Our eternal day of travel began with a 4:30 get up. All transitions went smoothly and as planned. First there was a flight to LAX and a five hour layover. Then an eleven hour flight to Narita. It was awkward chasing the sun and somehow losing a calendar day when we finally landed in Japan. We all were able to sleep, some much more than others. Calvin and Sassa were at Narita to meet us. A euphoric feeling accompanied the realization that after more than two years of anticipation, we were finally in Japan with Calvin. We next caught a couple of trains and a taxi to ultimately collapse in Calvin's 200 square foot apartment. We almost completely covered the floor space with futon's, air mattresses and exhausted bodies. After 26 hours we had made it from Southworth to Mitaka, Japan.
Wednesday, June 19, 2013
Esther and I spent Father's Day with Markus. We took our bikes and rode the Burke Gilman trail from Freemont to Kenmore (28 miles round trip) It had been 30 years since the last time we rode this stretch of the trail. Portions of the trail had some heavy traffic--Getting us ready for Japan I suppose. Riding the trail gives a unique view of the northern portion of Lake Washington and the homes along the western shore. Esther made sure that we made a stop at University Village on the way back. Good thing we couldn't carry anything on our bikes! We ate supper at a Mexican cantina around the corner from Markus' house.
Saturday, June 15, 2013
Yesterday I said Goodbye to my sixth grade class. Many of them have been with me for three years. They were in our multiage class for fourth and fifth grade, then were a part of my sixth grade class which I began this year. I have spent 540 days with them, over 4,000 hours. Aside from their parents, I will have spent more time with them than any other adult. That is a sobering thought. I can only hope and pray that my values and influence will have a significant impact on their lives. I know that I enjoyed my time with them. They are a lively bunch.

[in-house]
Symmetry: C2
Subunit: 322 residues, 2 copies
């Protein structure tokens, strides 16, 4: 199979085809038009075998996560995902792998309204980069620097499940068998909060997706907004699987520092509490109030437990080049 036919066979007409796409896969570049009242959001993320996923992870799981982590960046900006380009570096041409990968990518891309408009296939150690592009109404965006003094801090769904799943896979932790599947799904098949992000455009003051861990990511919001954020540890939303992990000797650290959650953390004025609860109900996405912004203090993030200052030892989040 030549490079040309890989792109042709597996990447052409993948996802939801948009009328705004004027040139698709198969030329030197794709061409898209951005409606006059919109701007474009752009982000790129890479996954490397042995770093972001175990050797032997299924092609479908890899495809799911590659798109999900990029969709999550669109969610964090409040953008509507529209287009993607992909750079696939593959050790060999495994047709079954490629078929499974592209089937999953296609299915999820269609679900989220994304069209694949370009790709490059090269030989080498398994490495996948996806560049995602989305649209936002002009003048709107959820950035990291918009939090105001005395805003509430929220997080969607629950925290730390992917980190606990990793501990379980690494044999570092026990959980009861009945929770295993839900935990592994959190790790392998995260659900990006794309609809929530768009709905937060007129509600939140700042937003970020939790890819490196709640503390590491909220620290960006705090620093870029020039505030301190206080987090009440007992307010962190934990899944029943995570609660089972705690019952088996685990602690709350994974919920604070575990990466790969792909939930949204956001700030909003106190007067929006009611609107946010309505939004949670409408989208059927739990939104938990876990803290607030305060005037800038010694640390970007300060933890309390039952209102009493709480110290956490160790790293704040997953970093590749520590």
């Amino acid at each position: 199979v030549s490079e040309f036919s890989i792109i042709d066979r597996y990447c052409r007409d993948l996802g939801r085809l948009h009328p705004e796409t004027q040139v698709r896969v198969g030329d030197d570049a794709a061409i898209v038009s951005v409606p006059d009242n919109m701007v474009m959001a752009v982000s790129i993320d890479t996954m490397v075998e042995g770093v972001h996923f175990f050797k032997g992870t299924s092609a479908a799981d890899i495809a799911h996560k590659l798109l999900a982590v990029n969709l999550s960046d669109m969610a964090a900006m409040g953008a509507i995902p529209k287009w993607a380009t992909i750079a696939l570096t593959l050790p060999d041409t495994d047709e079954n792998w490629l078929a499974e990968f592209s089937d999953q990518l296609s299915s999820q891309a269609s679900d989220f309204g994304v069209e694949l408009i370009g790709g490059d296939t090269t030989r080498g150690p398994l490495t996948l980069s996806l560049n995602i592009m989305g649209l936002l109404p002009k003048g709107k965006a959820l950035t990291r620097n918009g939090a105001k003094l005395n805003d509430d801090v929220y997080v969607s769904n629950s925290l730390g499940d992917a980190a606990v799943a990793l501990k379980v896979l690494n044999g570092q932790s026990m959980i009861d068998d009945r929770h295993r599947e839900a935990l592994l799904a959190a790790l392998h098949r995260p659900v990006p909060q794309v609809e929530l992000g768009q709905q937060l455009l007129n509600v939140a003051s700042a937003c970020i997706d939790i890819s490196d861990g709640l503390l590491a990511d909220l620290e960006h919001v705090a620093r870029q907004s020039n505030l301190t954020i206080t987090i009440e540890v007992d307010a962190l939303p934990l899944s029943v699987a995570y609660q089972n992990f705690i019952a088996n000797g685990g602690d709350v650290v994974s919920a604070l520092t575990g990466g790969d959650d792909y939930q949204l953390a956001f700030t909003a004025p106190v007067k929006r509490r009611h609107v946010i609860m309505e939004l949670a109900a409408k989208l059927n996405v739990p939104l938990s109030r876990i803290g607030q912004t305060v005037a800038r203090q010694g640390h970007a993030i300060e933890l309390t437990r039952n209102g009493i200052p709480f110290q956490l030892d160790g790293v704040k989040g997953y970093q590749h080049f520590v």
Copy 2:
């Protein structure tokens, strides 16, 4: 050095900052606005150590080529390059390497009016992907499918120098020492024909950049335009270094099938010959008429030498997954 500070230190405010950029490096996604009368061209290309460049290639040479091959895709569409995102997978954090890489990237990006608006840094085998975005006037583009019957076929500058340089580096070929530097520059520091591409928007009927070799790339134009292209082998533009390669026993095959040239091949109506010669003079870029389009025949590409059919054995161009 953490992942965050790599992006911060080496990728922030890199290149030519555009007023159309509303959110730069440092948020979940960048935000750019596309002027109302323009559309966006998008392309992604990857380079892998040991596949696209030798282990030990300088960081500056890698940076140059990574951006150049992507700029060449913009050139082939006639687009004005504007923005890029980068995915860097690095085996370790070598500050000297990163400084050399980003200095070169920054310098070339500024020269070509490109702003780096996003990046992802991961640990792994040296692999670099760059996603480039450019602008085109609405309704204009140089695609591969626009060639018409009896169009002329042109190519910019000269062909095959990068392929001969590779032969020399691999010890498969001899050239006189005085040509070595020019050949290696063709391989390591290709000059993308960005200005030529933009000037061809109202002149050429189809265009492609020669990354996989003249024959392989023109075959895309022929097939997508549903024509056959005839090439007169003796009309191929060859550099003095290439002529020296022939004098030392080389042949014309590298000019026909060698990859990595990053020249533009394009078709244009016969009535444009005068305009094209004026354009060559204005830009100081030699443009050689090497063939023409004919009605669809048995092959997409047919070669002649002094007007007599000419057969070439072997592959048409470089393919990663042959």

Thursday, June 06, 2013
After yesterday's Mariners game, I took a personal day off on my birthday and spent the day sailing. Wind was very light and I was becalmed in a current north of Blake Island. I motored home in a dead calm until the motor ran out of gas and then wouldn't start. I had to take the motor off and repair the recoil. But it was still a great day on the water. Finished the day with a dinner out with Esther.
Sunday, June 02, 2013
I am certainly getting my fill of Blake Island. Long before our plans for last weekend's festivities, I planned to take my class to Blake Island for an overnighter. I usually take my class to Neah Bay this time of year, but because many of these students were with me last year and had already been there, I decided to find something a little closer to home. Surprisingly, only two of the students had ever been to the Island. So instead of enjoying the first sunny weekend in June landscaping or sailing, I took seventeen students to Blake Island. We were once again blessed with a safe enjoyable experience. One of my student's grandparents generously offered their 40' cabin cruiser to transport the kids. (Beats five trips in my sailboat!) Two dads also accompanied us on the adventure. We trekked the 4.3 miles around the island and witnessed the Tillicum Village Native American performance. We battled dozens of raccoons and survived an unexpected early morning rain shower that soaked the girls' tent. The students were well behaved and helpful. I expect that they will remember the trip for a long time.